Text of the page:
When Iife gives you lemons, make mangos?

Marketing strategy

No I haven’t pivoted Pinpoint Marketing into a catering business, but I want to tell you a food related/shopping story instead. I was in my local shop (shopping safely and at a distance of course) looking for mango chutney to accompany a dish I was making for us back at home. The shop I am talking about has been so convenient with its location, its range of stock and the friendly staff. They literally sell all things and never seem to run out of stock. I hope they continue to do so well once this pandemic is over. Anyway, I couldn’t see the chutney so I checked at the counter when I was paying for my other items. The young man kindly told me no they didn’t have any and they didn’t stock it either in general. Plus he told me I was one of a few that has asked recently. I was tempted to suggest they did start stocking it as they were clearly missing out on sales and service and value. I thought that might be seen as rude or pushy, so I didn’t.

Have customers or potential customers asked you for something that you don’t offer? I know have been asked. How do you respond?

Marketing is a wide ranging subject with many meanings and perceptions, so I often get asked about building websites or designing a brand or copy writing on a technical matter.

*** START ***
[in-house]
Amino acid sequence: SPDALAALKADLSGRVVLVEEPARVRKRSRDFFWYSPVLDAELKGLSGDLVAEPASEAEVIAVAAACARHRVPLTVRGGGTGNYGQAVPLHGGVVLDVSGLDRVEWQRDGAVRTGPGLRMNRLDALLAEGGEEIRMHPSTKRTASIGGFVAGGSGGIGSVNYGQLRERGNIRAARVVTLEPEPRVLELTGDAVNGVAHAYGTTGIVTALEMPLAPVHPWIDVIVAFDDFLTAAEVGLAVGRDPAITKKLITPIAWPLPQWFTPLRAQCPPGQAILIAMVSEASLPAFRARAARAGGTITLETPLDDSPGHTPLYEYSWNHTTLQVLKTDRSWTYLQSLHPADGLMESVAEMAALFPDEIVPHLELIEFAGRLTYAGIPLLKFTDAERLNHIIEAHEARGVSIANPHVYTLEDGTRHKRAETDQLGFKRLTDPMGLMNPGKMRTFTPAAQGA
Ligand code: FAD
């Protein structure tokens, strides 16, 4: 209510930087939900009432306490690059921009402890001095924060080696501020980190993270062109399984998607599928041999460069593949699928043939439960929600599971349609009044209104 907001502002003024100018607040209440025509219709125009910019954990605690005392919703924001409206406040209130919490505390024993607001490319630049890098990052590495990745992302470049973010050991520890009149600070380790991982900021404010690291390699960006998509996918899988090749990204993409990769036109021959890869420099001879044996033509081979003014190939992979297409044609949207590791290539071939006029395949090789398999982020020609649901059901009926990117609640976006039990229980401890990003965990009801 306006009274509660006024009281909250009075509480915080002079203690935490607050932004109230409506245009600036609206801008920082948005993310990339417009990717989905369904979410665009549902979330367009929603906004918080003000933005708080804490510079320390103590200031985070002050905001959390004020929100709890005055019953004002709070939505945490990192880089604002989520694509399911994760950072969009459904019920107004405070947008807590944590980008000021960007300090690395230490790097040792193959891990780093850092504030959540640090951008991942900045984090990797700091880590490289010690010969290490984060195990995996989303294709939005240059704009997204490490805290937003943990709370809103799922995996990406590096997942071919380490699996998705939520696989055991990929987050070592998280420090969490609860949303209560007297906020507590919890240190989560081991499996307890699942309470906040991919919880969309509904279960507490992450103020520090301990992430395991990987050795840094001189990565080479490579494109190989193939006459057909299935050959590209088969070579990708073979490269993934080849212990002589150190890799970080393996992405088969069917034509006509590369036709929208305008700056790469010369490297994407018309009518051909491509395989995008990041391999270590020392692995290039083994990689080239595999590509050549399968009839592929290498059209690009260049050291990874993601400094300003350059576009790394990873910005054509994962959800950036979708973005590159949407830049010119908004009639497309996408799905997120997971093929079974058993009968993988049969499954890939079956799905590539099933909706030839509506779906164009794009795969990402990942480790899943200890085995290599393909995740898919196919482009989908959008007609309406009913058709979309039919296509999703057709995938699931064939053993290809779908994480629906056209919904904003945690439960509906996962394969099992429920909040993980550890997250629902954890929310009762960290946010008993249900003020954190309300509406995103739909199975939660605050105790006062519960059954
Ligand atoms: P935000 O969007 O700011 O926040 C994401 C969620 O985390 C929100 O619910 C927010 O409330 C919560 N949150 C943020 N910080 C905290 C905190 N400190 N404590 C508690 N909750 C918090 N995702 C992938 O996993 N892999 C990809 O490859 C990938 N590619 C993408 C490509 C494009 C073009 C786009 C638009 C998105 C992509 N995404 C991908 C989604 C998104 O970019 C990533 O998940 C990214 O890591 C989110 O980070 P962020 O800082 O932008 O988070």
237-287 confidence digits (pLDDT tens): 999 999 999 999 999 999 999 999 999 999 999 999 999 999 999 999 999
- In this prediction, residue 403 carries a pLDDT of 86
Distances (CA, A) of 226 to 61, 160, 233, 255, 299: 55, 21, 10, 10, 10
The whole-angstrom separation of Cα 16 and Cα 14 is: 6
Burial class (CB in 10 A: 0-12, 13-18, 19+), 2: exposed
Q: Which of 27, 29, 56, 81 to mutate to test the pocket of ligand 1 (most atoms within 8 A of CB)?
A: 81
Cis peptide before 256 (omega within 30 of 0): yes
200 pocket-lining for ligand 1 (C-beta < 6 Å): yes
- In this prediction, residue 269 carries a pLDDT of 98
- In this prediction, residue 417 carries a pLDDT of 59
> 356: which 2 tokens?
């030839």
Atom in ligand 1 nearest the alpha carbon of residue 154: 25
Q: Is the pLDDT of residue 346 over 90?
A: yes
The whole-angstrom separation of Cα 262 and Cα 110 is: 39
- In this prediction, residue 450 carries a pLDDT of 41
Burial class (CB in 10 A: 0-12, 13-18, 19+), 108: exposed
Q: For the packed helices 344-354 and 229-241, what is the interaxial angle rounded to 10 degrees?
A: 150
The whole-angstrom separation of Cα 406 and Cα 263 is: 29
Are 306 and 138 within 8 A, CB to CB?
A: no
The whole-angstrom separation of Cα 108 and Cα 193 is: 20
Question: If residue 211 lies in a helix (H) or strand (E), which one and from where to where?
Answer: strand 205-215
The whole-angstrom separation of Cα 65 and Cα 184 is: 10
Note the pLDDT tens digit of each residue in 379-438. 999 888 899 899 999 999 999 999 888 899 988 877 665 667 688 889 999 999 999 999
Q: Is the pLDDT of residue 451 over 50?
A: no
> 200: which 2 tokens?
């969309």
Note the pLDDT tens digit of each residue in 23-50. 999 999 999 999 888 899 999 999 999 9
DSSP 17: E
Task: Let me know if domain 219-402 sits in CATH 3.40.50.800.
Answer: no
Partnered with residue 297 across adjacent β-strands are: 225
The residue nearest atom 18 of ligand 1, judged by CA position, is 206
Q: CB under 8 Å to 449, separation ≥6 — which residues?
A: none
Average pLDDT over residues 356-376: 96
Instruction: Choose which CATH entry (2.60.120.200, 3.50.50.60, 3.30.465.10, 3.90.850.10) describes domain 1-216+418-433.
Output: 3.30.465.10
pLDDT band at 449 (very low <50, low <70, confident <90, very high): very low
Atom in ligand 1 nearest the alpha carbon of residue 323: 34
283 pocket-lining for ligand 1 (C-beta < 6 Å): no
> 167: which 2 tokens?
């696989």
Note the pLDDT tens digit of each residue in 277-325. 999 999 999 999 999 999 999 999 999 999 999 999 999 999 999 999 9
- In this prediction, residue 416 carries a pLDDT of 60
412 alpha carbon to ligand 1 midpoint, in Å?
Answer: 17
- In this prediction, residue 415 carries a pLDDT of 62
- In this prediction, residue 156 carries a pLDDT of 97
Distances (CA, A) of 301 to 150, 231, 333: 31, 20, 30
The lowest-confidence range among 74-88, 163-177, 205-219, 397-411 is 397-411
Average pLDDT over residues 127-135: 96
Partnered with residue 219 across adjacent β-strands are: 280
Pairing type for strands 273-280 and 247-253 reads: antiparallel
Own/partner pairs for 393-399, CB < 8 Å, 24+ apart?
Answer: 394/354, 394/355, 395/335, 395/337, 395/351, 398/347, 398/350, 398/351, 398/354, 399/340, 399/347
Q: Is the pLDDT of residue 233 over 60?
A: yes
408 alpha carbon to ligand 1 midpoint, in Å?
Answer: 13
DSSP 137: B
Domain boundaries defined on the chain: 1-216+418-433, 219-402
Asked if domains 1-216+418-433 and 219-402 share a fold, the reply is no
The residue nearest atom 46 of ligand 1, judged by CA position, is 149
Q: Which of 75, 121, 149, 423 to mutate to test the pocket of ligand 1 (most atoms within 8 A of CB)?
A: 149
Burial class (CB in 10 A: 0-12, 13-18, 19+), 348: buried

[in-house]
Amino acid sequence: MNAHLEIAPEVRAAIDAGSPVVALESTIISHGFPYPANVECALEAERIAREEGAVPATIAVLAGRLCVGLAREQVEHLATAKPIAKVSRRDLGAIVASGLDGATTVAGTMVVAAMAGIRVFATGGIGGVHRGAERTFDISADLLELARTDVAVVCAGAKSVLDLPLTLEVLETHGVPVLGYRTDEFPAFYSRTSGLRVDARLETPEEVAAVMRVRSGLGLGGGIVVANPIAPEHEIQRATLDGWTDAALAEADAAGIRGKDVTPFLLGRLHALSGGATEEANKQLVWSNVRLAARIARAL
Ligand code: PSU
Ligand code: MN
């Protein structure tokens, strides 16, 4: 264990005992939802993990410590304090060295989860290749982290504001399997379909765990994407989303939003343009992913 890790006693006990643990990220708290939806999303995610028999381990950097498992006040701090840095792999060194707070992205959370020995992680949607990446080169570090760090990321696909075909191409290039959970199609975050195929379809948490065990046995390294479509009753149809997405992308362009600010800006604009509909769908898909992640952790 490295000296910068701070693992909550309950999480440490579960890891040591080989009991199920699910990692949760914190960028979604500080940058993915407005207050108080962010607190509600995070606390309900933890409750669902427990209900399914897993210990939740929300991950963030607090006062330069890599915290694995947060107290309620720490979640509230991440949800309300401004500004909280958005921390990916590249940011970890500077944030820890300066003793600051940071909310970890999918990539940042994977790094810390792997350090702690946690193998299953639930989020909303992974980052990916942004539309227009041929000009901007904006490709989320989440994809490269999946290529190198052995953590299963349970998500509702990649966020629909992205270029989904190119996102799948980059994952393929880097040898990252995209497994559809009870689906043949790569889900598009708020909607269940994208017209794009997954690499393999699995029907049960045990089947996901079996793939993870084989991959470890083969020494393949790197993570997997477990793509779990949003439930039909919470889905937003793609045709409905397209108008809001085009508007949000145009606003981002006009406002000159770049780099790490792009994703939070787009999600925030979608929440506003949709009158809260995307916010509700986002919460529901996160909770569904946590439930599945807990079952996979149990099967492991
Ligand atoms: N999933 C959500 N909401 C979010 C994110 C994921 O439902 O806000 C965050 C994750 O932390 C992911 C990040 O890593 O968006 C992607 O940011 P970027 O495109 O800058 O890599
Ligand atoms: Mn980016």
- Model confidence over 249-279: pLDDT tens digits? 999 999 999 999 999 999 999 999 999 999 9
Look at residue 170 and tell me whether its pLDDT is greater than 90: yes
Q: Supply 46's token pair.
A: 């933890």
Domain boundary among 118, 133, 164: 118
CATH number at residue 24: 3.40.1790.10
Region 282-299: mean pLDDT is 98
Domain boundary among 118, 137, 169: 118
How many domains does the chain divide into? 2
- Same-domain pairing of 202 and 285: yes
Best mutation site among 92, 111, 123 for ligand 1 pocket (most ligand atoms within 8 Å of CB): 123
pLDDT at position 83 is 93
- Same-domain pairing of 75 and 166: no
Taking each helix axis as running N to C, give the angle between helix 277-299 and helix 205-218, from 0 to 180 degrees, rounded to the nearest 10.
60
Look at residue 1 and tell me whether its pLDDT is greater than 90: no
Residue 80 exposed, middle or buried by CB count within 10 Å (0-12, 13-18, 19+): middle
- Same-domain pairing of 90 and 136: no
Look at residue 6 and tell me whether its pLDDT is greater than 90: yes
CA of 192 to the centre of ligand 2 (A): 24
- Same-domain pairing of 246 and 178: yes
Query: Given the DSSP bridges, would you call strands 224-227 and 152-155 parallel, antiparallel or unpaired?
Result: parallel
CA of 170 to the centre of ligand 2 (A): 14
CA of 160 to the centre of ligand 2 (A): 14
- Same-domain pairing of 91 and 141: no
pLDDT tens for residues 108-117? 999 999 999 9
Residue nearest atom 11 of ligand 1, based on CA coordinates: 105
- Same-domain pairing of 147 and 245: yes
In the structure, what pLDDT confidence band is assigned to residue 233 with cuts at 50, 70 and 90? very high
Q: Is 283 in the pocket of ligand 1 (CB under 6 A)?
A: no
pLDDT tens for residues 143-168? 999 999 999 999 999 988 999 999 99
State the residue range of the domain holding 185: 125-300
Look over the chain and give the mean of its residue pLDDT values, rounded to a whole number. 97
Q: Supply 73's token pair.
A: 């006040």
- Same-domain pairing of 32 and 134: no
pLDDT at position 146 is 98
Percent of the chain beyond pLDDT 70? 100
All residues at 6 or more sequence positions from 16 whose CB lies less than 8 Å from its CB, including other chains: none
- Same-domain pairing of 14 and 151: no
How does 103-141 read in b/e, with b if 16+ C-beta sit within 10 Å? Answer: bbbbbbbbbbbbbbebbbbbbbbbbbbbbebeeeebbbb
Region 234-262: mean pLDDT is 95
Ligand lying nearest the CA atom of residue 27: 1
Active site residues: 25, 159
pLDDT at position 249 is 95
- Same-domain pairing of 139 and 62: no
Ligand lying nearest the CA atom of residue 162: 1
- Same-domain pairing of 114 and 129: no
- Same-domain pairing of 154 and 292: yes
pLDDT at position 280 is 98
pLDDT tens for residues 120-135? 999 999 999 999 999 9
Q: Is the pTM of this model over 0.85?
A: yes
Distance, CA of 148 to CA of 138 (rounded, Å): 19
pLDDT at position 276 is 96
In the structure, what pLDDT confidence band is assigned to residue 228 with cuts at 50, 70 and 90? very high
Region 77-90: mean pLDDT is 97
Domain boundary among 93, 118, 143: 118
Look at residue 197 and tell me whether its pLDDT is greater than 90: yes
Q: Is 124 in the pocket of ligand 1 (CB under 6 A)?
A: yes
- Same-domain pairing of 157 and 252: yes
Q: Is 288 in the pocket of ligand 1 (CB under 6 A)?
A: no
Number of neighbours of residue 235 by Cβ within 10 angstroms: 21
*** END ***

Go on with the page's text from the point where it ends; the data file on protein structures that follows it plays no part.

How do I respond? I don’t change to be a jack of all trades and loss my authenticity. And I don’t overpromise and undersell.

So, how do I help? I have built up a network of associates so I am able to say “I don’t offer that service no” but I can refer you to someone who does! This way, I don’t stress about taking on work I can’t or don’t want to do, the client doesn’t get let down with no solution and someone I know and respect gets some new business. Everyone wins!

So next time you are asked for mangos, lemons won’t do, but don’t say a flat no. Think how you can say yes, directly or indirectly and offer a solution that doesn’t compromise but one that adds value and what is actually needed!